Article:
This type of cancer starts in the plasma cells. These cells are a type of white blood cell. They are in charge of producing antibodies, a vital part of your body’s immune system response.
When you catch a cold or virus, antibodies allow you to fight the infection.
These cells are mostly found in the bone marrow, though they can be found in other organs and tissues throughout the body. Abnormal plasma cells in the bone marrow may behave in unusual ways. They may begin to divide at a rate that is faster than normal, leading to the generation of more abnormal plasma cells. These specific changes may lead to multiple myeloma or another precancerous condition. A precancerous condition is not yet cancer but it is likely to cause cancer in the future.
Treatment for Multiple Myeloma
When multiple myeloma has been diagnosed and given a stage, your cancer care team can help you to discuss various medical and therapeutic treatments. Some of these may include:
- Targeted therapy. Targeted drug treatments focus on abnormalities within cancer cells which allow them to survive and reproduce. But targeted therapy drugs block these vital functions in order to curb myeloma cell growth. These drugs are administered intravenously.
- Biological therapy. This type of therapy gives your immune system a boost so that it can attack and fight myeloma cells. Certain biologically based drugs can help to make the immune system more effective in its fight against cancer cells.
- Chemotherapy. Chemotherapy medication kills cells that reproduce and grow quickly, including myeloma cells. These drugs can be administered in pill or intravenous form. Chemotherapy is used before other options.
- Corticosteroids. Corticosteroids help to monitor inflammation in the body. These drugs are very common, and are often used to treat other conditions. They help to fight myeloma cells in cases of multiple myeloma. They are taken as a pill or administered intravenously through the arm.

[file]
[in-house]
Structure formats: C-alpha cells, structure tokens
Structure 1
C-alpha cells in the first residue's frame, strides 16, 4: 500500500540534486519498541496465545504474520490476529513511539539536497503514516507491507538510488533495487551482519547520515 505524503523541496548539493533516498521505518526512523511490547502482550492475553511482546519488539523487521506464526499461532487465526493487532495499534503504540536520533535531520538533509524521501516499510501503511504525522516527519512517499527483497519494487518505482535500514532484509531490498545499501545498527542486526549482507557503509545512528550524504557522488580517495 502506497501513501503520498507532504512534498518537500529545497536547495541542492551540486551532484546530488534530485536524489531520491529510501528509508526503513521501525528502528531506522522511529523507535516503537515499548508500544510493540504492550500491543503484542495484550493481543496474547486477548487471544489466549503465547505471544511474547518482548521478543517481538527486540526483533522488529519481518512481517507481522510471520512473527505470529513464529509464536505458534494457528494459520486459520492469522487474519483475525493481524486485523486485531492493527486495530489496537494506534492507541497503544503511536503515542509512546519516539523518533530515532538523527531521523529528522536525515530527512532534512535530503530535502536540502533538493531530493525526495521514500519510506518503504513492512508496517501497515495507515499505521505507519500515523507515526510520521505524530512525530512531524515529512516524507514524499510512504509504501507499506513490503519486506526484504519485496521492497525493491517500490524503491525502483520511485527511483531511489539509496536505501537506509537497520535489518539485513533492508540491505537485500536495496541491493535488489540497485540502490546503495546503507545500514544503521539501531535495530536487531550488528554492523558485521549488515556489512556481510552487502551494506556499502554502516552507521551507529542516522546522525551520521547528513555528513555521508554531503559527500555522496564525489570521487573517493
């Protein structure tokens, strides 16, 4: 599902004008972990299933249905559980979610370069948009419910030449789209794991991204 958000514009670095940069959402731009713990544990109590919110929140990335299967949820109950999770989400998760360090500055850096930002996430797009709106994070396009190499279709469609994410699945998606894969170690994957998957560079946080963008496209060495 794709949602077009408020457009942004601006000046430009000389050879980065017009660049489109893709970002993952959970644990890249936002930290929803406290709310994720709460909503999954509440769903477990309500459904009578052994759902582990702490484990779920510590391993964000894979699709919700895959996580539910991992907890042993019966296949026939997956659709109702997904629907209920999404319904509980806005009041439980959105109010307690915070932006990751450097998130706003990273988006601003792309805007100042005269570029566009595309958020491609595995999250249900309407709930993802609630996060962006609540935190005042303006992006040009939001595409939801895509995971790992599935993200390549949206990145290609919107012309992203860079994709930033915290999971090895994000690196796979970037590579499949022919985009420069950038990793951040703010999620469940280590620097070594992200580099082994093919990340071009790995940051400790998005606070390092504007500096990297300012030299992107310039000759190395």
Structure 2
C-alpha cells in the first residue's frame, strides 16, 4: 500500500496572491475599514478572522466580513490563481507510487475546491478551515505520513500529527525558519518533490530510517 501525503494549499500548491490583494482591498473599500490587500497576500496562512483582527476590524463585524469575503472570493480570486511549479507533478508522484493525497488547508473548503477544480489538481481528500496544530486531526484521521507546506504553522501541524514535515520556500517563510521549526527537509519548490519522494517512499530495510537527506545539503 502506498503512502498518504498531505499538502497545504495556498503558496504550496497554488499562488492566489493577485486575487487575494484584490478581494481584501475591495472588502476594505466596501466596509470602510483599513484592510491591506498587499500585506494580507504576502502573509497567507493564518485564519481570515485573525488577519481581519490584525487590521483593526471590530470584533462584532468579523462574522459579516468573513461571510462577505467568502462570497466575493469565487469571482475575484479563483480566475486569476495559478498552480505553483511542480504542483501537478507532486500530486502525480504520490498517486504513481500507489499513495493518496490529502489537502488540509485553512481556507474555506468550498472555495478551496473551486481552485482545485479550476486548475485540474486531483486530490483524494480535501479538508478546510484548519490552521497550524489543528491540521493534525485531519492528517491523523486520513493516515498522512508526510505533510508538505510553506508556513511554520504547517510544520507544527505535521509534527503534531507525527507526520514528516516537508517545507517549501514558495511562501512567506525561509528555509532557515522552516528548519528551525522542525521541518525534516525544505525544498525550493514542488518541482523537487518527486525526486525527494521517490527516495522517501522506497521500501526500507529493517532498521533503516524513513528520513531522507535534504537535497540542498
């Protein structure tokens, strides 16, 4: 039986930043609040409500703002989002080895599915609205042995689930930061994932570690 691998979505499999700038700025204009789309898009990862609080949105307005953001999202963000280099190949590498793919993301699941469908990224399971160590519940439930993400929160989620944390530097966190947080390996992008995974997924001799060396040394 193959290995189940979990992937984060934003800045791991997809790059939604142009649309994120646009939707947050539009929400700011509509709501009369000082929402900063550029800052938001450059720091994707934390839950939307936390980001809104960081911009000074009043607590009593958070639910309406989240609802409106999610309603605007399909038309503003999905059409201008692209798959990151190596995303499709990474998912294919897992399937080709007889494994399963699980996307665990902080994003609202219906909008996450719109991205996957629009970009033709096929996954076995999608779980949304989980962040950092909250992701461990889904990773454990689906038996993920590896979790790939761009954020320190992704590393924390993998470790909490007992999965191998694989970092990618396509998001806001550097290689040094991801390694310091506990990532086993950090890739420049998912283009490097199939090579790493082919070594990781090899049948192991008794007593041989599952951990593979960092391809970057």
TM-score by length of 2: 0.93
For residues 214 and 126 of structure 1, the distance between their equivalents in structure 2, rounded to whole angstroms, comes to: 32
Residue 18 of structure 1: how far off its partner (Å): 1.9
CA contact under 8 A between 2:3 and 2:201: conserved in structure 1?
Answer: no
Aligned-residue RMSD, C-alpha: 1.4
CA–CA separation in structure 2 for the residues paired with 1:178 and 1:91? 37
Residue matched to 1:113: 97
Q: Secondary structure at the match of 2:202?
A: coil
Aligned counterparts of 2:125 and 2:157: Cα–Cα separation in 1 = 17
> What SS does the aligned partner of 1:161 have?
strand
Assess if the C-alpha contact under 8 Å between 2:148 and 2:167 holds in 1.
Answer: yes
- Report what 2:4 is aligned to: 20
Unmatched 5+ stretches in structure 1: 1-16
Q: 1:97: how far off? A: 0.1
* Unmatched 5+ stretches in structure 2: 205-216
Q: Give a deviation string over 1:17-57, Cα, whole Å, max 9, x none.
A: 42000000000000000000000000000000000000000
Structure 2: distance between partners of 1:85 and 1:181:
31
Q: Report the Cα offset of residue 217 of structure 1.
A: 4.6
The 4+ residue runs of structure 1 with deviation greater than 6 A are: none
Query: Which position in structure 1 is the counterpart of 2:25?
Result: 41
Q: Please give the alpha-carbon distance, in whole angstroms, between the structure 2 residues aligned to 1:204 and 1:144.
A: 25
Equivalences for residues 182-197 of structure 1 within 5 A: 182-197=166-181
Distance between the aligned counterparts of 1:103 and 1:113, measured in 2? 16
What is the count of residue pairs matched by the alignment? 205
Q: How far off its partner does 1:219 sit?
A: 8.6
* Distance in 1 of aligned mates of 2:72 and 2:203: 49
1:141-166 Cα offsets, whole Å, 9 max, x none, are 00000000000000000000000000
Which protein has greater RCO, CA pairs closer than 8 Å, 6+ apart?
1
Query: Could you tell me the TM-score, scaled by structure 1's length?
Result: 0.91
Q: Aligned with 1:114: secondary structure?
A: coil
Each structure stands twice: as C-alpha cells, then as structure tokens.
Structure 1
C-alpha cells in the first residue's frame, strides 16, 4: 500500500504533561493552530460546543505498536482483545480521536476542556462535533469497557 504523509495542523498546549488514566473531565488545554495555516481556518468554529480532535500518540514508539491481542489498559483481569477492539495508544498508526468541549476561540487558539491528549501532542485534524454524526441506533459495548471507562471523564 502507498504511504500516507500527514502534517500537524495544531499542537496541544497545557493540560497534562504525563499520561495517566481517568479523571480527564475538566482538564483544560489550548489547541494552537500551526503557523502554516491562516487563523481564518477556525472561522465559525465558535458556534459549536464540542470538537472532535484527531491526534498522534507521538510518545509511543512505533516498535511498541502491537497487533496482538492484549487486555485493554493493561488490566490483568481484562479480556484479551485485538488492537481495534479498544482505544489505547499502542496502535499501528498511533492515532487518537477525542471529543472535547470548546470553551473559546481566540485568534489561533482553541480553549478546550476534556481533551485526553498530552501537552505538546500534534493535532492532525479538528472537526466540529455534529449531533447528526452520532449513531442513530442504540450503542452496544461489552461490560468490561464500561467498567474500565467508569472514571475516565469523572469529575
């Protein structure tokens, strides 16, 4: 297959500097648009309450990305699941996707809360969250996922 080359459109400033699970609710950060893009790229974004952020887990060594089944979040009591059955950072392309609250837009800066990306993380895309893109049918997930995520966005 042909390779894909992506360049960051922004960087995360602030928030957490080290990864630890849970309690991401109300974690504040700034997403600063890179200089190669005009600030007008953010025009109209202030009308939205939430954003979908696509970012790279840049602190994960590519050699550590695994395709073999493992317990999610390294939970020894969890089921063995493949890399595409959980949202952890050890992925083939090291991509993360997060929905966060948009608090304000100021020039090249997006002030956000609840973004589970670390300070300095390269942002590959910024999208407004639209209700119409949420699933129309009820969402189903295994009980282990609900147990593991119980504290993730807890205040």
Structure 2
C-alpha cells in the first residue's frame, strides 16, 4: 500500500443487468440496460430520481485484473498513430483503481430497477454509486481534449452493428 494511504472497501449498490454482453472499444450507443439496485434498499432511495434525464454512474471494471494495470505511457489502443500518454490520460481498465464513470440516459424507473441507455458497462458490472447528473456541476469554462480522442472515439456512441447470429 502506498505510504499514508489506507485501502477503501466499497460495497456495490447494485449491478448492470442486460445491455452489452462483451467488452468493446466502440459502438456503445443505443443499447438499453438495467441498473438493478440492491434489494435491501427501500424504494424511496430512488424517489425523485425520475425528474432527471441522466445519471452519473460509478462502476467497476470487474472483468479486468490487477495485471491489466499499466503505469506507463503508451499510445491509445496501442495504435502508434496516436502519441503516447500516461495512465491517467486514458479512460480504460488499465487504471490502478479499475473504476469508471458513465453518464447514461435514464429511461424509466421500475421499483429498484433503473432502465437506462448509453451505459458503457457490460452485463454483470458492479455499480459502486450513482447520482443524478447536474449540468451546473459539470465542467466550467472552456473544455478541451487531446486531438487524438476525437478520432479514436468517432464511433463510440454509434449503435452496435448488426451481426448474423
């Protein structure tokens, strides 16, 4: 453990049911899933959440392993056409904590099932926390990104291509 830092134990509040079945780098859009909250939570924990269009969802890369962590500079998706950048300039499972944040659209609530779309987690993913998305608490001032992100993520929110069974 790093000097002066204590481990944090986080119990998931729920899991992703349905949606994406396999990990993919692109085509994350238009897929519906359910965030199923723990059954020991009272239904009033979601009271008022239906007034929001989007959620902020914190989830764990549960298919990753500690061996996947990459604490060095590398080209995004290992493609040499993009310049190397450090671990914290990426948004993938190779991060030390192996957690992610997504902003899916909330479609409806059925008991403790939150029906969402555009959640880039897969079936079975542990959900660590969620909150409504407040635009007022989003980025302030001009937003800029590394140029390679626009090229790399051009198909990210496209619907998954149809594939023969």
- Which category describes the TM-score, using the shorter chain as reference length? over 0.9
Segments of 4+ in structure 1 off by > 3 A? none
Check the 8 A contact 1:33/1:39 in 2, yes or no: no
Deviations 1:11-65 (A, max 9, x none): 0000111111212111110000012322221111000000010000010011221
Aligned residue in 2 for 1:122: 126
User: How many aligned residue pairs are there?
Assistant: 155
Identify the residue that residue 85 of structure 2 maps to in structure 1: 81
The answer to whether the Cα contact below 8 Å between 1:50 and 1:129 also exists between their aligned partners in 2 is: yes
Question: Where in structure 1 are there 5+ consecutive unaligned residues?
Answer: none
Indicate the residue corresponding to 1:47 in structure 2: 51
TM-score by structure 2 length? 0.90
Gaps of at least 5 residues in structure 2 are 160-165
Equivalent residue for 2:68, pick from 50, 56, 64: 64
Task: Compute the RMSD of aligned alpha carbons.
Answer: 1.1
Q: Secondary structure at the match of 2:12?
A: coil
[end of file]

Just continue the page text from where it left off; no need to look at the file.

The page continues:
- Stem cell transplants. A stem cell transplant involves replacing disease bone marrow with healthy marrow. Before the transplant, the stem cells responsible for forming blood are collected from the body. High doses of chemotherapy destroy diseased marrow, including myeloma cells. After, the stem cells are re-introduced to the body, where they start generating healthy bone marrow cells.
- Radiation therapy. This treatment uses powerful rays, including x-rays, to target myeloma cells and limit their growth. Radiation therapy is usually used to shrink cells in a single area, such as a tumor.
New Drug Developments
Recently there have been more drugs that have gained FDA approval for the treatment of multiple myeloma. One of the most promising is a type of biological therapy used in patients that have received a minimum of three prior treatments for the disease. Some medications have an antibody that may provide useful for patients whose cancer has become resistant to other forms of treatment. It is administered as an injection and works to boost the immune system’s ability to attack myeloma cells.